GroundFORCE Cancels Camping, Builds Housing for Eagle Ford Workers

GroundFORCE's Workforce Housing is well-suited to the unpredictability of the oilfield industry, which experiences high and low swings in demand.

GroundFORCE Building Systems has announced that it plans to use its one-of-a-kind off-site construction technology to build much-needed permanent residential housing and commercial buildings in the 24 counties where Eagle Ford oilfields are located.

Housing shortages in the mostly rural areas around the Eagle Ford project have led to sharp spikes in rental costs and the proliferation of man camps, trailers and other portable housing unsuitable for family living.

"Oilfield workers want to have their families with them, so there is a high demand for quality housing," said Kenneth Neatherlin, GroundFORCE President & CEO.

The company's technology provides an innovative and structurally sound solution to building homes and other structures in remote locations. Often used in schools and medical centers, GroundFORCE buildings are constructed off-site and built to national and state codes. They feature a structurally suspended concrete floor designed to be set in shifting soils, which is important in Texas, where shifting soils often lead to costly foundation repairs. Because the GroundFORCE flooring system is not affected by shifting soils, it virtually eliminates the foundation damage caused with traditional flooring foundation systems.

The buildings have an expected life span of more than 50 years, and they are environmentally friendly and can be built to LEED standards.

"It's truly a revolutionary process and the perfect solution for rural areas, where you may have to drive two or more hours to buy building supplies," Neatherlin said. "With GroundFORCE, construction time is reduced, but the buildings are of the highest quality. We're the only company offering this type of product."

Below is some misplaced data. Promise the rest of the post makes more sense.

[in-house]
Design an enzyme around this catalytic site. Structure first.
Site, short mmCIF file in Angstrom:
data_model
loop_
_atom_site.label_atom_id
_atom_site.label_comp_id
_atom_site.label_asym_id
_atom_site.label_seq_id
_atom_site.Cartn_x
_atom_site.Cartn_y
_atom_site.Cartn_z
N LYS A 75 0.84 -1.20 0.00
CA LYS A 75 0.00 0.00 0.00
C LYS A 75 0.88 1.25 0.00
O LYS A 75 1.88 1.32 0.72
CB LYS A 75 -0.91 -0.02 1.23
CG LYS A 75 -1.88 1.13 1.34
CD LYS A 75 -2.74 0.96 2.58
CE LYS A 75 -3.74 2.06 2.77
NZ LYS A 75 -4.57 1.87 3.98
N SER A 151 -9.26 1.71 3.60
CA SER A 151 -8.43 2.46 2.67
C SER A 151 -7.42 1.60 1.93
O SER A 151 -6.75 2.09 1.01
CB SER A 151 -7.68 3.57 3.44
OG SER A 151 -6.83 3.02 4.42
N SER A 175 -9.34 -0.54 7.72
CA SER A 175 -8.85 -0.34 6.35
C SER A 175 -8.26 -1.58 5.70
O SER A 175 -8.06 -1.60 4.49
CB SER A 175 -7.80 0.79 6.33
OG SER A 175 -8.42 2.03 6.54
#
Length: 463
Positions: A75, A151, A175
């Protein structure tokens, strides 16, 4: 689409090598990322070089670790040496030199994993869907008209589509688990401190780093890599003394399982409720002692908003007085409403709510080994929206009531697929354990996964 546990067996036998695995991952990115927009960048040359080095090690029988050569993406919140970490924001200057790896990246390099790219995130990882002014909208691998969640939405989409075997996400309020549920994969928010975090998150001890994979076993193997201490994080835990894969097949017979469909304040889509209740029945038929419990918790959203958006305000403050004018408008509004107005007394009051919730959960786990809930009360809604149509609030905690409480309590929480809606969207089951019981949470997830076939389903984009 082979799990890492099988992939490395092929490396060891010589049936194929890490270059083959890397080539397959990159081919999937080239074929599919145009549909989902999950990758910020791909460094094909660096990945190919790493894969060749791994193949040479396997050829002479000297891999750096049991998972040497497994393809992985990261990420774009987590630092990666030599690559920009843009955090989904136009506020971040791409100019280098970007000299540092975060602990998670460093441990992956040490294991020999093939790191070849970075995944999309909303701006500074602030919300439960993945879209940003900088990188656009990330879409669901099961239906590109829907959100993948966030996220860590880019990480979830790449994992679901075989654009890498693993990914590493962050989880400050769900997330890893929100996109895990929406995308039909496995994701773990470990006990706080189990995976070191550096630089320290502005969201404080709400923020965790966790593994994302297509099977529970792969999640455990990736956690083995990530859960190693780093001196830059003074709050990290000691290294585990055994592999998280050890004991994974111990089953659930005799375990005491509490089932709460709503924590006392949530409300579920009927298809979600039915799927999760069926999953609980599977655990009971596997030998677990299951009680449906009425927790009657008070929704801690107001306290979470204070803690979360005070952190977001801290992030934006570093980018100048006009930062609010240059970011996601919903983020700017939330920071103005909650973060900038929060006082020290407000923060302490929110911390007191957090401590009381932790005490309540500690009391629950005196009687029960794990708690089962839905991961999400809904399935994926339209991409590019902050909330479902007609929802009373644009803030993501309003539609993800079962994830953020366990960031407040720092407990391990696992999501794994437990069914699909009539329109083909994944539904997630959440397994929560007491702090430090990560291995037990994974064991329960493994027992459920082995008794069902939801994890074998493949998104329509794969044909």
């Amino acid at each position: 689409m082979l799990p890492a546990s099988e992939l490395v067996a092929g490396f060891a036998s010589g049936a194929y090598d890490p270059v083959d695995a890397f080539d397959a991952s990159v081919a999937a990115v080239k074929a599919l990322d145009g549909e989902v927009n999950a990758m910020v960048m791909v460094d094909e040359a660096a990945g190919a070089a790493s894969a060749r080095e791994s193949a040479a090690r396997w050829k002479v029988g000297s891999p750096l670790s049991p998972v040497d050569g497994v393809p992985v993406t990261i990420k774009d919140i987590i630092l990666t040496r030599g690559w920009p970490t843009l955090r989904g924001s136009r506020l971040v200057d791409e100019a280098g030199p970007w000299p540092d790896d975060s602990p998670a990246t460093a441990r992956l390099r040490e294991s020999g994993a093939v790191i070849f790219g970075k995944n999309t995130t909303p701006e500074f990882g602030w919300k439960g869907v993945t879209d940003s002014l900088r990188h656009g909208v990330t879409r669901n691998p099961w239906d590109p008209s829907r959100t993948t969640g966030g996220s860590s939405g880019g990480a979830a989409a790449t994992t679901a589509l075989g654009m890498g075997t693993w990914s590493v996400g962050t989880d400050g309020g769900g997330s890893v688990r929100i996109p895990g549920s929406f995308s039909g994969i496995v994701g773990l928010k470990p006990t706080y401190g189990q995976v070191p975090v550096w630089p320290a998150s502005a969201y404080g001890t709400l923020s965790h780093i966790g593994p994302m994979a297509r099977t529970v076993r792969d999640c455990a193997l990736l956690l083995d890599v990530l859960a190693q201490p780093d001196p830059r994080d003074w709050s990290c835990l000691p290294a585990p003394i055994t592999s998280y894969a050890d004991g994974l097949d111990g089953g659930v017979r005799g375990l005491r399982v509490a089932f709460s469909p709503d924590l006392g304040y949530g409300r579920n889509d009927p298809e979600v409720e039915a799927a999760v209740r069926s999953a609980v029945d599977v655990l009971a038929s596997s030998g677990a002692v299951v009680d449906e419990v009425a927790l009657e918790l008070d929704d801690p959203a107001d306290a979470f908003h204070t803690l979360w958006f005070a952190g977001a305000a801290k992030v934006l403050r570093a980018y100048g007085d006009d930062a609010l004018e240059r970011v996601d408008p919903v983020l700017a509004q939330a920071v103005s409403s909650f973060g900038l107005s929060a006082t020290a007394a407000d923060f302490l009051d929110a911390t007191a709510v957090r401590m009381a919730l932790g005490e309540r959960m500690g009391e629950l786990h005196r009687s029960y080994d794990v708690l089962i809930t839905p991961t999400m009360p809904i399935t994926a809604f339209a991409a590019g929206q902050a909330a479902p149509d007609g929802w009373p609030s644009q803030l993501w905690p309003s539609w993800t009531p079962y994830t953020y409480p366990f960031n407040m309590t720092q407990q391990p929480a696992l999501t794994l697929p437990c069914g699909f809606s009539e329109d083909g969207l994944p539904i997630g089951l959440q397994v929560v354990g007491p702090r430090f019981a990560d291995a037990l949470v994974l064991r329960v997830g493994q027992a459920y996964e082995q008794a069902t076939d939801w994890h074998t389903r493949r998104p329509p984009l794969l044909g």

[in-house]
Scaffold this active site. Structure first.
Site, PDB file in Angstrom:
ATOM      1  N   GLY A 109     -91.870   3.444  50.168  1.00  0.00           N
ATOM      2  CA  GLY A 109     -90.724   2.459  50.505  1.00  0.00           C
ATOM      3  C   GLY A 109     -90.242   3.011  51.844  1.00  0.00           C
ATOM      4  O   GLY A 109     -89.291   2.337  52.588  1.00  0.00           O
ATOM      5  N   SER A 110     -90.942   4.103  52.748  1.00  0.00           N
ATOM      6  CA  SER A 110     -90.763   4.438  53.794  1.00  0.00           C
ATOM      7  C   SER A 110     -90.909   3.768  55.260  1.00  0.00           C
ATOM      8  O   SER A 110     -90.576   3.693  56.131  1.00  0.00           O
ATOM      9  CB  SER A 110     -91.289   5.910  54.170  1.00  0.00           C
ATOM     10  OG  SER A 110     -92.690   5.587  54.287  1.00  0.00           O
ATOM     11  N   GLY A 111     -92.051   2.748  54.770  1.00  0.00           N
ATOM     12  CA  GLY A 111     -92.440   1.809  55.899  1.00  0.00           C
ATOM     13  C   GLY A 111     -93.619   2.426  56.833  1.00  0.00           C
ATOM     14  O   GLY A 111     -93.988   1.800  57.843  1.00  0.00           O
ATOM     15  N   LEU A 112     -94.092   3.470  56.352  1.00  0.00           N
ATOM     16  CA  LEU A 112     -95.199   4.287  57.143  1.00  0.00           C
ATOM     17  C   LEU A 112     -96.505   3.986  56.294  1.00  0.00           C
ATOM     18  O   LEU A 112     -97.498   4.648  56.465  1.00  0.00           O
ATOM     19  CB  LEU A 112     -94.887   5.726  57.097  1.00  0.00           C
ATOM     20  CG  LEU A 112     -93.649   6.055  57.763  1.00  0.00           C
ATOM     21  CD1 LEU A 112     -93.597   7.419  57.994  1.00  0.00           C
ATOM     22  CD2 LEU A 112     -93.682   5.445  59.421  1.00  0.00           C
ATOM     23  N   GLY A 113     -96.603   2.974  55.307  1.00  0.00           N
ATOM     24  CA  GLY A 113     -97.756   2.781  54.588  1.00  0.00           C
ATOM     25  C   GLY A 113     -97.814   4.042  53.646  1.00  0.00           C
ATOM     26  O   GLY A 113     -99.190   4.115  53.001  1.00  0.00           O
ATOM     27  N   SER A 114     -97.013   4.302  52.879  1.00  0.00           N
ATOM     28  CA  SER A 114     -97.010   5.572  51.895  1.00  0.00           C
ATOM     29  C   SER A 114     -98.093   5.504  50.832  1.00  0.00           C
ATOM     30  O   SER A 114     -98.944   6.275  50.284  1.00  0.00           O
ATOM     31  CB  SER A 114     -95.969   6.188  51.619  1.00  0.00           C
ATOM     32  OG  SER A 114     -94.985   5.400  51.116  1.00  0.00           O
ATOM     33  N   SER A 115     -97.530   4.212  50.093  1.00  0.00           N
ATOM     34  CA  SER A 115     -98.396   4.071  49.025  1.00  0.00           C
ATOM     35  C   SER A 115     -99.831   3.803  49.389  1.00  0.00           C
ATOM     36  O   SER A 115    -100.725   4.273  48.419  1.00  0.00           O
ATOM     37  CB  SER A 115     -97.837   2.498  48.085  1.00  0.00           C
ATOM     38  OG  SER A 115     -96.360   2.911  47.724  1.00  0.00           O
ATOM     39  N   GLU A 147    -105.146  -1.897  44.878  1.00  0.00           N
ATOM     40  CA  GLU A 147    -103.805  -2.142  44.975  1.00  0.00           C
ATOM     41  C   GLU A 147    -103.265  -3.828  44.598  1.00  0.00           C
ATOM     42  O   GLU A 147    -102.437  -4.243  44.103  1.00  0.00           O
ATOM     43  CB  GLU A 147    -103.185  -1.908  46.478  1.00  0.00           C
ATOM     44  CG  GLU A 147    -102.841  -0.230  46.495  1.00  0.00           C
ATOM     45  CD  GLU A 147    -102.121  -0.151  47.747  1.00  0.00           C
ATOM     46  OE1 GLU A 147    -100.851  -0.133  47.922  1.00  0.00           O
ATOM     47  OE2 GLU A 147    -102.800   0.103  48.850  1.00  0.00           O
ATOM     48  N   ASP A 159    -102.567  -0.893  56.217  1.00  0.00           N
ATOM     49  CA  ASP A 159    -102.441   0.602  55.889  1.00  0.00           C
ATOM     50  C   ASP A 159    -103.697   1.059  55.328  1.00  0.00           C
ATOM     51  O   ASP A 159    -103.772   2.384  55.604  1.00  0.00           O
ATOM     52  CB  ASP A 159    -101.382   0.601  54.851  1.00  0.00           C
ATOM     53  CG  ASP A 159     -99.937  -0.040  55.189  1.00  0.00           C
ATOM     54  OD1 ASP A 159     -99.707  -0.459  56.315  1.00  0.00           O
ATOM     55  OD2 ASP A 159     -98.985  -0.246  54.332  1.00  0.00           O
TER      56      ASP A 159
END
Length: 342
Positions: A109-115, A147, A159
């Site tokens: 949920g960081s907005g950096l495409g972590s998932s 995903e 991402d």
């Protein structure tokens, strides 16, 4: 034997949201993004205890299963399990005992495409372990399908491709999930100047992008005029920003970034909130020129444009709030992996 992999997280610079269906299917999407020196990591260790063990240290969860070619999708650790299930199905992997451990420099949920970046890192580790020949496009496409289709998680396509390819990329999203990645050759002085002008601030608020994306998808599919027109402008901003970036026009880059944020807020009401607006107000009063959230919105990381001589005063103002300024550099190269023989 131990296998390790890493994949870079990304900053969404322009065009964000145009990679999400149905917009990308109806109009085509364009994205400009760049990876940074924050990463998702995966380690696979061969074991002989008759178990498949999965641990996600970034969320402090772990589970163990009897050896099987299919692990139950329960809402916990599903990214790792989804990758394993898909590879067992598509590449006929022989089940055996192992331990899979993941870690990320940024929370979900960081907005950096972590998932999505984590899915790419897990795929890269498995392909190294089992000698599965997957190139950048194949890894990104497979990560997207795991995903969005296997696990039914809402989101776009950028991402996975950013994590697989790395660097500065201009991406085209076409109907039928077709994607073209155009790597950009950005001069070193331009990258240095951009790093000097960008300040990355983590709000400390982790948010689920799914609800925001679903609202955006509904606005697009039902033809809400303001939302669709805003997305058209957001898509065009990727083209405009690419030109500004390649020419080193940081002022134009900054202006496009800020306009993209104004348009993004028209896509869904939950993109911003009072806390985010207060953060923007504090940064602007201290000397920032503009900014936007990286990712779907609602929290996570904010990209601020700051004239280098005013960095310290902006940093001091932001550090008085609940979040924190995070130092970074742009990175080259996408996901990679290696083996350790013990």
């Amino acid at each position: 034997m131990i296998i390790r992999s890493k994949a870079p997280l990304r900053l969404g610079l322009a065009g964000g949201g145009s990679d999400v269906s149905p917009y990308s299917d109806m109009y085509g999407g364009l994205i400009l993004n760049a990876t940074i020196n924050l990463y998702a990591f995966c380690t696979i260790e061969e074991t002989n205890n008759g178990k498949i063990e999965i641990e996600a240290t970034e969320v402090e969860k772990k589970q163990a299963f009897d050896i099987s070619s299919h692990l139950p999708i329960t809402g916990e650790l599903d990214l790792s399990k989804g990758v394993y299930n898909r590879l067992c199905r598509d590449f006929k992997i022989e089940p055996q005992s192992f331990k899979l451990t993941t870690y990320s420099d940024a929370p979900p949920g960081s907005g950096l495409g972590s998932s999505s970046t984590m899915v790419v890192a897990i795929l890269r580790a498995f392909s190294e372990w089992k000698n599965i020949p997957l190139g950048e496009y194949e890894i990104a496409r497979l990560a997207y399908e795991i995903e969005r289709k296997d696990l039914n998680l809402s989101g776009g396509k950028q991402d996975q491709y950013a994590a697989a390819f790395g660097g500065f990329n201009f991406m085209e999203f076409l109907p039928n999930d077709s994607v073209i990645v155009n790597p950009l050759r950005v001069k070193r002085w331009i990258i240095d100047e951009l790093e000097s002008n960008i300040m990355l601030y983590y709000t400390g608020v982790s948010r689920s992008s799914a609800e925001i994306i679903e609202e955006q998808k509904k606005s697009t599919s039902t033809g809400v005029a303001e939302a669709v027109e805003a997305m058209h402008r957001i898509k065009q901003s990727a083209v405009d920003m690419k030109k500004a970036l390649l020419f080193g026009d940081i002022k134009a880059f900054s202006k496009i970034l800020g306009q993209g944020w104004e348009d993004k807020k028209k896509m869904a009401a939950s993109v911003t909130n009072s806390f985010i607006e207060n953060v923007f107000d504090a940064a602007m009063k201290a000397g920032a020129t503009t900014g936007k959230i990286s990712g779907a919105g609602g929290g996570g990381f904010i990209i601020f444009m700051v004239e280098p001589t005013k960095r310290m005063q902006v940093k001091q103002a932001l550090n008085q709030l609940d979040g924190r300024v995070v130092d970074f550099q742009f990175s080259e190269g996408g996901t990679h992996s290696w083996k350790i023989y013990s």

A major factor in the success of this off-site construction technology is the company's patented "air-ride" delivery method. The buildings travel only a few inches above the road, which allows for 9-10 foot ceiling heights, since they will easily clear underpasses and overpasses. Modular buildings, which travel on a truck bed, cannot reach these ceiling heights.

The buildings are also adaptable - offering flex-space, multi-purpose use, and even a change in location as demand changes. "Our buildings can be a hospital one day and a hotel the next; we can add onto them quickly; and they can be moved to different locations," Neatherlin said.

Neatherlin notes that the adaptability of this system is well-suited to the unpredictability of the oilfield industry, which experiences high and low swings in demand. "The use, size and location of these buildings can change with the industry's ups and downs," he said.